Security geeks often talk about keeping your computer "patched". Here’s what we mean and why it’s so important.

In a perfect world, all the code on your computer would do exactly what it’s supposed to do and nothing more. In the real world, new code was added on top of existing code to fix a problem or to add some new feature until, over time, the code became too complicated to test for every possible scenario. Hackers found ways to exploit the holes in the code. By sending just the right command in just the right circumstances, they could make the computer do something it shouldn’t – like give the hacker permission to install software and take control of the computer.

When such a vulnerability is discovered, the developers who made the software have to figure out how to plug the hole – how to change the code just enough to stop the hacker without shutting down the new feature they added or interfering with some other application. “Patches” are the bits of code to be added to your computer to fix that hole. (Patches can also be used to add a new feature or fix something else in the program but for now we’ll stick to security patches.)

At work, your IT team should be responsible for keeping your core applications up-to-date and fully patched. For your home computer, you should set your computer to automatically update the software whenever new patches are available. That’s the safest way to be sure that you have the latest code protecting your computer. While most vulnerabilities are found in the operating system (those core instructions that the computer needs just to turn itself on), more and more vulnerabilities are being found in applications – Word, Adobe, QuickTime, RealPlayer, etc. No modern application is completely safe. In Windows, you can set the updates through the Control Panel. (Look for something like Automatic Updates or Windows Updater.) In other programs such as Quicken, you usually set the updates via Tools/Options or Preferences.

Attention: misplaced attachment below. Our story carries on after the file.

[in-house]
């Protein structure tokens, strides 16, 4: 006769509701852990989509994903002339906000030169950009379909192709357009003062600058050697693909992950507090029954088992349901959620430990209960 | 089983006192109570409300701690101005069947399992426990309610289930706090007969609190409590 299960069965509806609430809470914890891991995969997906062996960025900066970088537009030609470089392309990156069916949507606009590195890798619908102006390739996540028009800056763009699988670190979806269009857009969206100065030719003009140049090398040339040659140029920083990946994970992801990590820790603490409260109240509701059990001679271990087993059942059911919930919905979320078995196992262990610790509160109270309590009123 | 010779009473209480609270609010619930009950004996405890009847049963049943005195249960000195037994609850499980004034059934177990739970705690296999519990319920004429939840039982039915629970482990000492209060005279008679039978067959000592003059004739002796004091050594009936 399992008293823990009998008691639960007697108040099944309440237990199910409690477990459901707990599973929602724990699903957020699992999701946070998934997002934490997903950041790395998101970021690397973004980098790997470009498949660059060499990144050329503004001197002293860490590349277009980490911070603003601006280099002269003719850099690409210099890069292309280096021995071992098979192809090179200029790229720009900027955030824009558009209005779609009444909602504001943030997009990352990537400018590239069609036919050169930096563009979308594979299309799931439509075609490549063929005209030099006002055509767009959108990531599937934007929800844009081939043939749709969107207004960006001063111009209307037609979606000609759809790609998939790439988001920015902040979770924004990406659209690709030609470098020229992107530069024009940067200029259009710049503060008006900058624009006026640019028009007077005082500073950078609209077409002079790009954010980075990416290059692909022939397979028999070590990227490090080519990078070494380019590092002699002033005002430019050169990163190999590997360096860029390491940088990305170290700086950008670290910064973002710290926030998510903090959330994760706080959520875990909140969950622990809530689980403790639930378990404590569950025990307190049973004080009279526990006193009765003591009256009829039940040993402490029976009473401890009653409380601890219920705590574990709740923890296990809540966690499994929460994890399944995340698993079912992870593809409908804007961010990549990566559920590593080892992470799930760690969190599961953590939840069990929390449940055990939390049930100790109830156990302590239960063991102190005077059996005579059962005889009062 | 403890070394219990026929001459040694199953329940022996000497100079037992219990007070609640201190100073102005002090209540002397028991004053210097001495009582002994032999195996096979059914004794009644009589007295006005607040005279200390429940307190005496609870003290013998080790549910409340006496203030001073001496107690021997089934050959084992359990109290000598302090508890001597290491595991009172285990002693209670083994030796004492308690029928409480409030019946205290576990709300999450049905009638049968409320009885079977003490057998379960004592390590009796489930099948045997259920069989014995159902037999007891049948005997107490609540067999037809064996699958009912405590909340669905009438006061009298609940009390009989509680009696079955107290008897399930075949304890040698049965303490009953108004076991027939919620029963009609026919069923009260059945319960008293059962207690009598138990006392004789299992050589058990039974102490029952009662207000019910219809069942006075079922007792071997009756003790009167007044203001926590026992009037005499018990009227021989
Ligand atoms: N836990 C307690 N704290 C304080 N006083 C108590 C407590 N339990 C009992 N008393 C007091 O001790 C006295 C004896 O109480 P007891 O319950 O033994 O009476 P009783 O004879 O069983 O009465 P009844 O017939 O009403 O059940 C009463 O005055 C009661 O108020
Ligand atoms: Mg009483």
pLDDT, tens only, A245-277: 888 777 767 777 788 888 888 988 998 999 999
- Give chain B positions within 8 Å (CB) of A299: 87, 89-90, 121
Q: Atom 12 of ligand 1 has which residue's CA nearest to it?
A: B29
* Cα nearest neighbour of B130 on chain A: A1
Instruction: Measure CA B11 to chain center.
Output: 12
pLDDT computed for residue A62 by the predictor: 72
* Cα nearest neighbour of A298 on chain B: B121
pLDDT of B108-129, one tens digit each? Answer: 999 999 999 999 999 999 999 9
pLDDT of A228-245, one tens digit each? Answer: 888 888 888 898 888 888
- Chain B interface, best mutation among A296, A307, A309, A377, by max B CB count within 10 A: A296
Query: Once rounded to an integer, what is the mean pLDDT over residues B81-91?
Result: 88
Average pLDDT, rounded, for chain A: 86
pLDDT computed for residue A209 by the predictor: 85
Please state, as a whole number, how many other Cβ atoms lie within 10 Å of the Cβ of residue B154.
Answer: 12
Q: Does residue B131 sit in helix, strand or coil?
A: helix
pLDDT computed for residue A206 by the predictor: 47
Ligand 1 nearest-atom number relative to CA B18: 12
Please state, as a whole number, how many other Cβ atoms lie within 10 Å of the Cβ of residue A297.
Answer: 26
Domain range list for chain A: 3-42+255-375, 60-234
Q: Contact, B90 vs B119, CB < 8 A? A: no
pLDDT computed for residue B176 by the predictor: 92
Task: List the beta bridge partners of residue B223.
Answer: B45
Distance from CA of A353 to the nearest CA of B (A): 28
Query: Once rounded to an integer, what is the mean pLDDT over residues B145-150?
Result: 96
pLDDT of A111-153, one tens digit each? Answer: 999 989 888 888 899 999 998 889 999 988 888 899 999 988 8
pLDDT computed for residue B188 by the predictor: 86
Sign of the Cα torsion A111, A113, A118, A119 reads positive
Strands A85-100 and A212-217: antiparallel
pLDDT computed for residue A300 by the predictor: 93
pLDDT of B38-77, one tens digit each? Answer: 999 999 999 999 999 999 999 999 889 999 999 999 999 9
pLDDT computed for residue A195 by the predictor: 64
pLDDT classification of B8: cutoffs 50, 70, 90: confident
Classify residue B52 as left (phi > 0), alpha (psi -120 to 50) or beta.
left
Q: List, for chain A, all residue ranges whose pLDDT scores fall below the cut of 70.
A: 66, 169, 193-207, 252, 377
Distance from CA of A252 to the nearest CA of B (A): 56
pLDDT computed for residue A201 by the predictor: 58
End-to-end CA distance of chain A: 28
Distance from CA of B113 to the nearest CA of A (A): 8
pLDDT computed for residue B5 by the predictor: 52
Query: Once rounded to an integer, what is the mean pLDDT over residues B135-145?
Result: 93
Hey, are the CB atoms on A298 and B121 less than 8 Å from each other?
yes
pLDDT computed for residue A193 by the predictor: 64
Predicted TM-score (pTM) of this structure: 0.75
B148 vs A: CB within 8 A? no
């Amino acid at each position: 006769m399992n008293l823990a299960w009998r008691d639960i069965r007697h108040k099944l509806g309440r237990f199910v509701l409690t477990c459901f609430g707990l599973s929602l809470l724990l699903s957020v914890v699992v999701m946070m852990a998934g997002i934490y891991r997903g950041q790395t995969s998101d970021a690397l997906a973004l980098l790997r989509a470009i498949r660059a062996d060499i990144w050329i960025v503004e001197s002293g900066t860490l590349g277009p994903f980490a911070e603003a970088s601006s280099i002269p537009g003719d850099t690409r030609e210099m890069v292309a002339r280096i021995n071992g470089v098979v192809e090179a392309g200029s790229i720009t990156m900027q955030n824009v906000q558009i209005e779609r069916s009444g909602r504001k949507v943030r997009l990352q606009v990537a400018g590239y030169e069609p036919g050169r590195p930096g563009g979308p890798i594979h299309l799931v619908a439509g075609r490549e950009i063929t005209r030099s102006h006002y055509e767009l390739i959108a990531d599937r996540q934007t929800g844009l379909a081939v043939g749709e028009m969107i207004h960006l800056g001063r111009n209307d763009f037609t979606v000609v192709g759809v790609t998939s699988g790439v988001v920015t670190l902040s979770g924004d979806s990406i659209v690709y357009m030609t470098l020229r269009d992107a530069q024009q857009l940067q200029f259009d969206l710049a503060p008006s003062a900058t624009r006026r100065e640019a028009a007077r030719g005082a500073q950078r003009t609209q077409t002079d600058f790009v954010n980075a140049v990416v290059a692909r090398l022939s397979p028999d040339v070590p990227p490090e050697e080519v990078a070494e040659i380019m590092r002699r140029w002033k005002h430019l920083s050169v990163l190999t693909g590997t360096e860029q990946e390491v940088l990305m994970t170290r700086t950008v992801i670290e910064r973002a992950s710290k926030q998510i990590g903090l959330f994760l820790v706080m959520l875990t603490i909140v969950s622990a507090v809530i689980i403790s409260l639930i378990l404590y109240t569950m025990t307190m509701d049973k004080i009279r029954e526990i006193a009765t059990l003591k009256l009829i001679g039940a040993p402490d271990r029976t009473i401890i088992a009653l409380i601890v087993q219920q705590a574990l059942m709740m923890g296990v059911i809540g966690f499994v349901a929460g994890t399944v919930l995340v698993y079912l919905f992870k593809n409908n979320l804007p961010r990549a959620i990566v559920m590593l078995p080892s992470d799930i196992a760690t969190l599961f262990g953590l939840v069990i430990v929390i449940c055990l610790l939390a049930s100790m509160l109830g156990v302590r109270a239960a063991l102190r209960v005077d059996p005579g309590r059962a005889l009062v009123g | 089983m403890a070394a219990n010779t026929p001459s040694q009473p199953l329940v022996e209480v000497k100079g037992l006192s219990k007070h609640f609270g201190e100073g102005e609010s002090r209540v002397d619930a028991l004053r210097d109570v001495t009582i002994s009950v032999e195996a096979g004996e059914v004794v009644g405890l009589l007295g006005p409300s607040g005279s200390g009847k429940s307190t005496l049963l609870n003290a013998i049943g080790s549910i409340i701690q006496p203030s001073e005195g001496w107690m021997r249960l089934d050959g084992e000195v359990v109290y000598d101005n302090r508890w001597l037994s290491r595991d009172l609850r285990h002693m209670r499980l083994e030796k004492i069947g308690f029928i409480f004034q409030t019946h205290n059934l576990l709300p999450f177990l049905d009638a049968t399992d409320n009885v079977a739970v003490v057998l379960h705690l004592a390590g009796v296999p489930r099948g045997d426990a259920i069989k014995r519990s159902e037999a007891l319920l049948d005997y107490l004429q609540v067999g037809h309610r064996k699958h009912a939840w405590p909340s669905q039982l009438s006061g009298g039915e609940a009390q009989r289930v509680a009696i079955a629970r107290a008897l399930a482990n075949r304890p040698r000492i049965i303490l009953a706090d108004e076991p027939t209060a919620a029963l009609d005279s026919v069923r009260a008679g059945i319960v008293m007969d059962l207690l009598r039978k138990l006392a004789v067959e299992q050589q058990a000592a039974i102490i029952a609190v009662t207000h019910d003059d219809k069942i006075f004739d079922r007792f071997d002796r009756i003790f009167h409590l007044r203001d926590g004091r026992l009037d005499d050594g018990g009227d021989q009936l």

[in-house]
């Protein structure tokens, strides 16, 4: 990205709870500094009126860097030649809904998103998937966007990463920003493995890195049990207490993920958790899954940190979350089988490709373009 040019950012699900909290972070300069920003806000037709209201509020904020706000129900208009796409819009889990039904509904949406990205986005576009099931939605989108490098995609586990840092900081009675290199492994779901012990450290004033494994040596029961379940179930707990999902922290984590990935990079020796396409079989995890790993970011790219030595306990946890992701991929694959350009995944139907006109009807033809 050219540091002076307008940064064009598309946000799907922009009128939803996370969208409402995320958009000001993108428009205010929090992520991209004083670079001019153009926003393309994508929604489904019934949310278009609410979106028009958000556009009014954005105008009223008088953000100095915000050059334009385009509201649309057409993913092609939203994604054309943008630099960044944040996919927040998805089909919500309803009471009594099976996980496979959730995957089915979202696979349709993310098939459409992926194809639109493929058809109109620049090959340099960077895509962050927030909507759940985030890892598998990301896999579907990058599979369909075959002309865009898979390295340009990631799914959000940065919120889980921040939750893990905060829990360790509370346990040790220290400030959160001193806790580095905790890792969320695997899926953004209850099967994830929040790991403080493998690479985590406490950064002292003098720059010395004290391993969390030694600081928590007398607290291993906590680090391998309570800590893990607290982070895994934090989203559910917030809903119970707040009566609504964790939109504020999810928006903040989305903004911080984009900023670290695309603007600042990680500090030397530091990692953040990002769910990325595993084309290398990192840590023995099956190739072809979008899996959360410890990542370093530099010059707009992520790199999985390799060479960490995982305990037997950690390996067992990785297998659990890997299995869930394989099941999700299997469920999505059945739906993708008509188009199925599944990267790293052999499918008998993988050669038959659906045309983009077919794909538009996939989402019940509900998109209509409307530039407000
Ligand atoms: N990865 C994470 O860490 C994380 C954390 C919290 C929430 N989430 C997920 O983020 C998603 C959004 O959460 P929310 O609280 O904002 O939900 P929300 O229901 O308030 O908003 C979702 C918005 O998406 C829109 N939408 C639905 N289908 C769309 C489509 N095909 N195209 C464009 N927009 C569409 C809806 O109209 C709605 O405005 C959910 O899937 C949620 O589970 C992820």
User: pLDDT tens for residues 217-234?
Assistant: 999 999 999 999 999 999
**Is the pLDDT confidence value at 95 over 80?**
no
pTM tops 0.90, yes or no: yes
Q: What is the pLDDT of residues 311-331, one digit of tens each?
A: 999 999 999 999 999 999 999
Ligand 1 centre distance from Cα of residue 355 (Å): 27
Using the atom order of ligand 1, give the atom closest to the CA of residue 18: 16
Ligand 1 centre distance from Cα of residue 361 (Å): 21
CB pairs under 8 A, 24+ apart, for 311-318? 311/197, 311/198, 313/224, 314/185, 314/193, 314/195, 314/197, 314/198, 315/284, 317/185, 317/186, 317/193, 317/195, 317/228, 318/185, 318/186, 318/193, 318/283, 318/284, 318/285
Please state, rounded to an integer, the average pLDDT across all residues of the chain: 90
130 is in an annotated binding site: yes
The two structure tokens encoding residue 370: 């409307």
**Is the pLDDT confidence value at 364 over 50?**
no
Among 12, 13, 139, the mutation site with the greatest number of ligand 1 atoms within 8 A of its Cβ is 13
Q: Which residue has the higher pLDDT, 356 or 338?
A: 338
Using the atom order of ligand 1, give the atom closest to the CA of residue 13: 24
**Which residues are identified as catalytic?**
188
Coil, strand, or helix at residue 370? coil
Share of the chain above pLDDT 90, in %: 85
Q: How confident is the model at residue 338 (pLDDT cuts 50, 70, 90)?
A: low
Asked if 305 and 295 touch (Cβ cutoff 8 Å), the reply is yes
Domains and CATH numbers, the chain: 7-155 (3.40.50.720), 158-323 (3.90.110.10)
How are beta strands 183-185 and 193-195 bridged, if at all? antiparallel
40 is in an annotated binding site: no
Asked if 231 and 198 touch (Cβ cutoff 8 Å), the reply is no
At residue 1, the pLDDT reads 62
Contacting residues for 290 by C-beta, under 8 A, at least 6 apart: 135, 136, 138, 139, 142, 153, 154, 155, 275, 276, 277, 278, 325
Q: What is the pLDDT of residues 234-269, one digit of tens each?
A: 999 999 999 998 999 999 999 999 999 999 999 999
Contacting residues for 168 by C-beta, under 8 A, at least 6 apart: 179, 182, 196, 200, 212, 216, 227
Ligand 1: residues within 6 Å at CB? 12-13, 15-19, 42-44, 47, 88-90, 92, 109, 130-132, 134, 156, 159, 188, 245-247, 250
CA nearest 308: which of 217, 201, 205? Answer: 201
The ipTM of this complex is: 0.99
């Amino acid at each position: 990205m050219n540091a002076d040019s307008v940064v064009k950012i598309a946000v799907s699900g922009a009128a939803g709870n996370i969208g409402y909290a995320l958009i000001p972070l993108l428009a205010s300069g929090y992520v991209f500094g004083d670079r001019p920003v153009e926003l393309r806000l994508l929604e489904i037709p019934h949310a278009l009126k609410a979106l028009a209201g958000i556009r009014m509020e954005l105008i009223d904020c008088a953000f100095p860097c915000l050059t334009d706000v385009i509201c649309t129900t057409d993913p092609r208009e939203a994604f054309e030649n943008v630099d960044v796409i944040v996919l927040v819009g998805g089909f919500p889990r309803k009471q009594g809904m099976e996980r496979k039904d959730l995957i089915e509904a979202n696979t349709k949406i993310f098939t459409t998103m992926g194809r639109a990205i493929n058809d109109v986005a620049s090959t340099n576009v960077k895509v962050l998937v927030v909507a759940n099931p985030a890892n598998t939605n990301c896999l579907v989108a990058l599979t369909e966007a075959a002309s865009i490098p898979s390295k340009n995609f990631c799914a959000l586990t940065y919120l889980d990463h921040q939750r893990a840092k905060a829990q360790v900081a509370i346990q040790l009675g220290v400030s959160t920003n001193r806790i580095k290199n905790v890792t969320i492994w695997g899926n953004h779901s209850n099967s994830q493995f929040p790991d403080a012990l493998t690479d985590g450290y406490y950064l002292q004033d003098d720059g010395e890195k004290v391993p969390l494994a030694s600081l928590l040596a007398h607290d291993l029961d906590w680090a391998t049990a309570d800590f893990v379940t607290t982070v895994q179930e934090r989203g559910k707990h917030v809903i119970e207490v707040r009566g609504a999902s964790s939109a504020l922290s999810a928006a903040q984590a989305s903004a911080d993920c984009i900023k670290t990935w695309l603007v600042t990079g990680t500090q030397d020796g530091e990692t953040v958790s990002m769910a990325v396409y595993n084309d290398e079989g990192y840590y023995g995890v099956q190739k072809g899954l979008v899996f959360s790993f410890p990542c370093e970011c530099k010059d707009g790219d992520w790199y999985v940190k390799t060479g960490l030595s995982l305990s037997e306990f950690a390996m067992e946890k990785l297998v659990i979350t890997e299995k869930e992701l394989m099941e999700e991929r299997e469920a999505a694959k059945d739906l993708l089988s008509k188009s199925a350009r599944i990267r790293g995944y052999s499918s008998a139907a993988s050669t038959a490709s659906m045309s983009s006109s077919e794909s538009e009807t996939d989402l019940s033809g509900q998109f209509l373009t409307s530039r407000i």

Of course, there’s no such thing as a free lunch or perfect software. Sometimes, the patch will fix the program but will also break some function that some other program needed to run. When that happens, you must either decide to wait (and hope that the developers at one of the two companies will send out yet another patch to fix the breakage) or take the risk and reverse out the last patch. Unless the patch broke something that’s absolutely mission-critical, you are almost always better off leaving it in place.

Incidentally, Microsoft has been releasing a packet of security updates on the second Tuesday of each month (so-called Patch Tuesday) for several years now. Some hackers are now exploiting that pattern and holding their latest virus until the second Wednesday so they have the most possible time before they are shut down. Even if you stay fully patched, there are no guarantees in life.

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